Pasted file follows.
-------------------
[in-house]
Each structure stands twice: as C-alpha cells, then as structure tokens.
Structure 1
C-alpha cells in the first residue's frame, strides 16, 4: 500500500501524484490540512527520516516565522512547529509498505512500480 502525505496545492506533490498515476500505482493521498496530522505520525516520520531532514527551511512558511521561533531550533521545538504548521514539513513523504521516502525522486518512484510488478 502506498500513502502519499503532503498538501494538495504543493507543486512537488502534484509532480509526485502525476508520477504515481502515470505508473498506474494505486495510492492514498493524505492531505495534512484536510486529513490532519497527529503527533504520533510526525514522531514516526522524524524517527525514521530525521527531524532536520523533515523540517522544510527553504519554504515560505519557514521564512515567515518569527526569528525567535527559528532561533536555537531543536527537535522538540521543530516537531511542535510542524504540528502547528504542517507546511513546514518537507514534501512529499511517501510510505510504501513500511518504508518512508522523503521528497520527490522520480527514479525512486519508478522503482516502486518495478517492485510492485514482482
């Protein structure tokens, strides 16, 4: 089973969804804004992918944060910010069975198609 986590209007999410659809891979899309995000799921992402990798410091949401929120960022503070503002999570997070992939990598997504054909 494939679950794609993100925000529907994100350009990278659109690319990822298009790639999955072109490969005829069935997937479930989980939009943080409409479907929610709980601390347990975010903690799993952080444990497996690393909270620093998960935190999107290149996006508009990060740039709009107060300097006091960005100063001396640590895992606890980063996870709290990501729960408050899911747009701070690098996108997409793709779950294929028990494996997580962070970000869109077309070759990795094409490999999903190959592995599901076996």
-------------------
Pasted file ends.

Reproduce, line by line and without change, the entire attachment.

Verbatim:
[in-house]
Each structure stands twice: as C-alpha cells, then as structure tokens.
Structure 1
C-alpha cells in the first residue's frame, strides 16, 4: 500500500501524484490540512527520516516565522512547529509498505512500480 502525505496545492506533490498515476500505482493521498496530522505520525516520520531532514527551511512558511521561533531550533521545538504548521514539513513523504521516502525522486518512484510488478 502506498500513502502519499503532503498538501494538495504543493507543486512537488502534484509532480509526485502525476508520477504515481502515470505508473498506474494505486495510492492514498493524505492531505495534512484536510486529513490532519497527529503527533504520533510526525514522531514516526522524524524517527525514521530525521527531524532536520523533515523540517522544510527553504519554504515560505519557514521564512515567515518569527526569528525567535527559528532561533536555537531543536527537535522538540521543530516537531511542535510542524504540528502547528504542517507546511513546514518537507514534501512529499511517501510510505510504501513500511518504508518512508522523503521528497520527490522520480527514479525512486519508478522503482516502486518495478517492485510492485514482482
């Protein structure tokens, strides 16, 4: 089973969804804004992918944060910010069975198609 986590209007999410659809891979899309995000799921992402990798410091949401929120960022503070503002999570997070992939990598997504054909 494939679950794609993100925000529907994100350009990278659109690319990822298009790639999955072109490969005829069935997937479930989980939009943080409409479907929610709980601390347990975010903690799993952080444990497996690393909270620093998960935190999107290149996006508009990060740039709009107060300097006091960005100063001396640590895992606890980063996870709290990501729960408050899911747009701070690098996108997409793709779950294929028990494996997580962070970000869109077309070759990795094409490999999903190959592995599901076996």